13. 13. Problem focused Emotion focused (distracting/lowering expectations) Meaning focused Using a range of coping strategies contributed to a transition out of loneliness I’ve even got a club together, a lot of us go out for a meal every week, or every fortnight, you know, down to local restaurants or to try a restaurant, you know? They’ve got no husbands a lot of them, it’s all women, yeah. Just one of us, I think has got a husband. I think, we’re all either separated or divorced. (Female, 73, widowed) I always occupy myself you know, I try to direct my attention to something or other to take your mind off sitting doing nothing or thinking about things, you know? I find that helps an awful lot, directing your attention towards something else. (Female, 68, widowed) In the beginning it was for something to do, for the computers, but I got so used to it after then it’s taken on a different meaning to me like, you know. I go for the company now, now we have a talk, it’s good, you know. (Male, 72, divorced) Source: Morgan, D. J. and Burholt, V. 2018 (under revision). Transitions in loneliness in later life: The Role of Social Comparisons and Coping Strategies. Ageing & Society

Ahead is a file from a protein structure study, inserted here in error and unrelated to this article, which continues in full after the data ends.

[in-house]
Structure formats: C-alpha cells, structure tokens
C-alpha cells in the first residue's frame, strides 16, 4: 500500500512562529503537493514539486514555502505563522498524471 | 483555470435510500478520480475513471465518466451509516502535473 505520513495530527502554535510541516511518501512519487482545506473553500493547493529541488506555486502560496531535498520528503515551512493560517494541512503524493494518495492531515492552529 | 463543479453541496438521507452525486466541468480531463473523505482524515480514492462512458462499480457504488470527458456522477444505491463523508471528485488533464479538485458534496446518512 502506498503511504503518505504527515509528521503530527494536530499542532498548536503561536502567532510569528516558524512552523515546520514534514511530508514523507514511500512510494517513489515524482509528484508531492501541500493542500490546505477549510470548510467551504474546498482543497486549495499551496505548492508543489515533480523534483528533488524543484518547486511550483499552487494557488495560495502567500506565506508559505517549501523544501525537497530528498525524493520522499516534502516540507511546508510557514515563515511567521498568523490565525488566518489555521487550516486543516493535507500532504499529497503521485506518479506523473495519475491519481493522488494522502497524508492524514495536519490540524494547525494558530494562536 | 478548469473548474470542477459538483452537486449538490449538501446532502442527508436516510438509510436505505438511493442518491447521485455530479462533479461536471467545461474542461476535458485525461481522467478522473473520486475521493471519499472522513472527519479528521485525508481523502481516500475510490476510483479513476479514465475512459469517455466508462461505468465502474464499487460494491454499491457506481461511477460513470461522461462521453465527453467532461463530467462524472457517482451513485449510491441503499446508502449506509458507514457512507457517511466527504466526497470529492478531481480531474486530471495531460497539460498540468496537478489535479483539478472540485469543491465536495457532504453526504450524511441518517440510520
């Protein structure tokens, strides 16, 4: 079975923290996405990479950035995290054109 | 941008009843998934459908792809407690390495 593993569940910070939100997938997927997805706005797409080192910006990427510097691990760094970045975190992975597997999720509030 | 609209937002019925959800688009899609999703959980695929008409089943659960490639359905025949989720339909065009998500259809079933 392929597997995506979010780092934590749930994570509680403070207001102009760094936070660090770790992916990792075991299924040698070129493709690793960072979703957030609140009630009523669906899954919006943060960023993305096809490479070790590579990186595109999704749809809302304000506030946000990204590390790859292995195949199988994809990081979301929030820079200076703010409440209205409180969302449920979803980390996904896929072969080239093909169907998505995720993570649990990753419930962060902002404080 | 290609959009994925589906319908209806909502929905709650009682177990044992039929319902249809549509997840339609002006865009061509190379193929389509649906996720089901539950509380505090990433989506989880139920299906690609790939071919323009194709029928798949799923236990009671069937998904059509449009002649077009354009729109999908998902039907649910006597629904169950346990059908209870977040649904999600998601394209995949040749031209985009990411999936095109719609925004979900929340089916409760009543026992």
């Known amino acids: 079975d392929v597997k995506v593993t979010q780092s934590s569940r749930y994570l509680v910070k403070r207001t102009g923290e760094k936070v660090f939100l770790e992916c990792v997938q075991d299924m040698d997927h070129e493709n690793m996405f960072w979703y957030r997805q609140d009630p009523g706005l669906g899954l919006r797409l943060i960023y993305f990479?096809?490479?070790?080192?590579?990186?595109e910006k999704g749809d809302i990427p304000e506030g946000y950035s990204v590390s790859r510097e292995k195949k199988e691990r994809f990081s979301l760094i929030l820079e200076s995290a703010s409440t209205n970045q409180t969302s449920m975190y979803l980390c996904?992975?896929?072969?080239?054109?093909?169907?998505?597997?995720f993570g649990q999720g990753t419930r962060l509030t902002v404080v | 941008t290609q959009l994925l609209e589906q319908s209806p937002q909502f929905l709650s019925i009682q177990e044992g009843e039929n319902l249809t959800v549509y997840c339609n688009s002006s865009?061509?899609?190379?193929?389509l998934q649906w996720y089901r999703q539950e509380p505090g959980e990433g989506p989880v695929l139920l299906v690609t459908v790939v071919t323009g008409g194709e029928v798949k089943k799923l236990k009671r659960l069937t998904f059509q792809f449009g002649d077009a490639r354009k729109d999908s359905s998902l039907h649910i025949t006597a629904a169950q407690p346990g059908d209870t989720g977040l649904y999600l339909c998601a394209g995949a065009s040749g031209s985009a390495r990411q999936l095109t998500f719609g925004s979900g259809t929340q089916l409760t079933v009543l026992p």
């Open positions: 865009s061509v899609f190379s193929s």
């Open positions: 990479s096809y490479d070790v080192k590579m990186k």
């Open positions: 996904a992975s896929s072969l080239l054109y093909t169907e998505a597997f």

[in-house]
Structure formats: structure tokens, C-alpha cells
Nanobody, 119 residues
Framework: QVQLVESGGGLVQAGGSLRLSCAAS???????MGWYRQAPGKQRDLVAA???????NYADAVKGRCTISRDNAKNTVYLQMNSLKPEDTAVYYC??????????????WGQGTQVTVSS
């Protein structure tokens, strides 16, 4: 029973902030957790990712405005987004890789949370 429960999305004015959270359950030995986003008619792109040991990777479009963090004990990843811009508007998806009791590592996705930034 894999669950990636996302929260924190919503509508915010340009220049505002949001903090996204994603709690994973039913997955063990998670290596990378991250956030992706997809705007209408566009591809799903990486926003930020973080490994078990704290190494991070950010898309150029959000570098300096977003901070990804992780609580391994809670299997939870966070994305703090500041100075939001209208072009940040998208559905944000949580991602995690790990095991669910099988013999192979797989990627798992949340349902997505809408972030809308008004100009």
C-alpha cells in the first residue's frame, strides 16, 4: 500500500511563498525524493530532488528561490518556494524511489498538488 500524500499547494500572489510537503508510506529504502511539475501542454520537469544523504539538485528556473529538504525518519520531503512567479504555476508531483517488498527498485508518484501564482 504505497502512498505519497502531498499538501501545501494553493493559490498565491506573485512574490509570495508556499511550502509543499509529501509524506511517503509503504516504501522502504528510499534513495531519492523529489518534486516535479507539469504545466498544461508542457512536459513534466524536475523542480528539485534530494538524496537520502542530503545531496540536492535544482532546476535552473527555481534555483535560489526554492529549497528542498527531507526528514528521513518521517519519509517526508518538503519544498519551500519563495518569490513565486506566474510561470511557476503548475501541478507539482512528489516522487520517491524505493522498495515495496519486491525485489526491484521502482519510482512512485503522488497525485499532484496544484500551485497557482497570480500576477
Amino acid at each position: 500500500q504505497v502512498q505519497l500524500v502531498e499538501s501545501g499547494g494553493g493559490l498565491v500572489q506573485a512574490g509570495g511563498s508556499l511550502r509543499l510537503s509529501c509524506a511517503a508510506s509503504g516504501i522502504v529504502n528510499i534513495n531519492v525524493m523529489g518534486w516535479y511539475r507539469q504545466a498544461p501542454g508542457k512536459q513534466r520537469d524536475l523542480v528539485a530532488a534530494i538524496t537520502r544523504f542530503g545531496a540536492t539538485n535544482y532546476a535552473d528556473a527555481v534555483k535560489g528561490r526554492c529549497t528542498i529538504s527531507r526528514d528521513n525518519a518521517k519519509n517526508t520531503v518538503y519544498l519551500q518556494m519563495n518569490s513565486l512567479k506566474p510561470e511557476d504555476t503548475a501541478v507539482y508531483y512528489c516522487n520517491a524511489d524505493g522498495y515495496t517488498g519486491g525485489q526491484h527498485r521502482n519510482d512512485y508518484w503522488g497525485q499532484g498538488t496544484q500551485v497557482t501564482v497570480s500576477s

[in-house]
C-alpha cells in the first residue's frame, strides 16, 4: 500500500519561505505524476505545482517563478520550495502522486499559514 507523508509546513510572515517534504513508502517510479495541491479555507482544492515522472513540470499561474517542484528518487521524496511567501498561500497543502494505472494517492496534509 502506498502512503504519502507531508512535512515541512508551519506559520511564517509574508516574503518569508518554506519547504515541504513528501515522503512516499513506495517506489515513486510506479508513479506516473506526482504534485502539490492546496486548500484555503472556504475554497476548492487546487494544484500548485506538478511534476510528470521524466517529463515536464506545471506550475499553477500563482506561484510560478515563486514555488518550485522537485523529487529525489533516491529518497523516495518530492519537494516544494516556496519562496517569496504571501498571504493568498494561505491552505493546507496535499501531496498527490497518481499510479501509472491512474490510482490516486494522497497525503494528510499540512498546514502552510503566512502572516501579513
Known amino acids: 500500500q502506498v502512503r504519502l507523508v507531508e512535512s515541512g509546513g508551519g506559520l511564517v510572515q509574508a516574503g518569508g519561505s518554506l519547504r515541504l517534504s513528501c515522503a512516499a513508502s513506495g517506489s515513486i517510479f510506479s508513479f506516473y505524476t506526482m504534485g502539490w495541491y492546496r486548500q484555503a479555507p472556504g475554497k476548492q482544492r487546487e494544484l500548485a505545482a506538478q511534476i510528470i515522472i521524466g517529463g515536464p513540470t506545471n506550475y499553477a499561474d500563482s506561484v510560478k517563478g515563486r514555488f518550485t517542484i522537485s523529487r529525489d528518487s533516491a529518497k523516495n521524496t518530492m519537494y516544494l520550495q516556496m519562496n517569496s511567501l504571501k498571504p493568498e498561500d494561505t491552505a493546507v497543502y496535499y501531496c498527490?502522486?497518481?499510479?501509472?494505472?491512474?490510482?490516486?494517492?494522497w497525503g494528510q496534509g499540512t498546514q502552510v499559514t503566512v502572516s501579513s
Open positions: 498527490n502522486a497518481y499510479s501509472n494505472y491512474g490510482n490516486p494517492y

14. 14. More likely to hold dysfunctional beliefs and negatively process personal information Less likely to alter their benchmark for ‘desired’ social relations Depressive symptoms
  15. 15. Age Marital Status Gender Education -0.092*** -0.037***0.076*** Social Participation Social Relations Loneliness Depressive Symptoms Social Participation x Depressive Symptoms Social Relations x Depressive Symptoms Health x Depressive Symptoms 0.089*** 0.002 -0.006* 0.004* Health Environment Health x Environment -0.08*** -0.015 -0.015 0.007 0.068** -0.25*** -0.01 -0.033* 0.149*** -0.032 -0.072*** -0.301*** 0,048 0.087* 0.089 -0.113*** -0.642***1.09*** -0.068*** -0.092*** p<.05 ** p<.01 ***p<.001 Source: Burholt, V., Scharf, T., 2014. Poor Health and Loneliness in Later Life: The Role of Depressive Symptoms, Social Resources, and Rural Environments. Journal of Gerontology Series B: Psychological Sciences and Social Sciences, 69,2), 311 – 324.
  16. 16. Loneliness is a negative emotional feeling which is the outcome of the discrepancy between desired and achieved levels of social relations Mismatches may arise due to life events or specific sets of circumstances The experience of loneliness can be influenced by psychological resources or attributions Loneliness is dynamic and there are feedback loops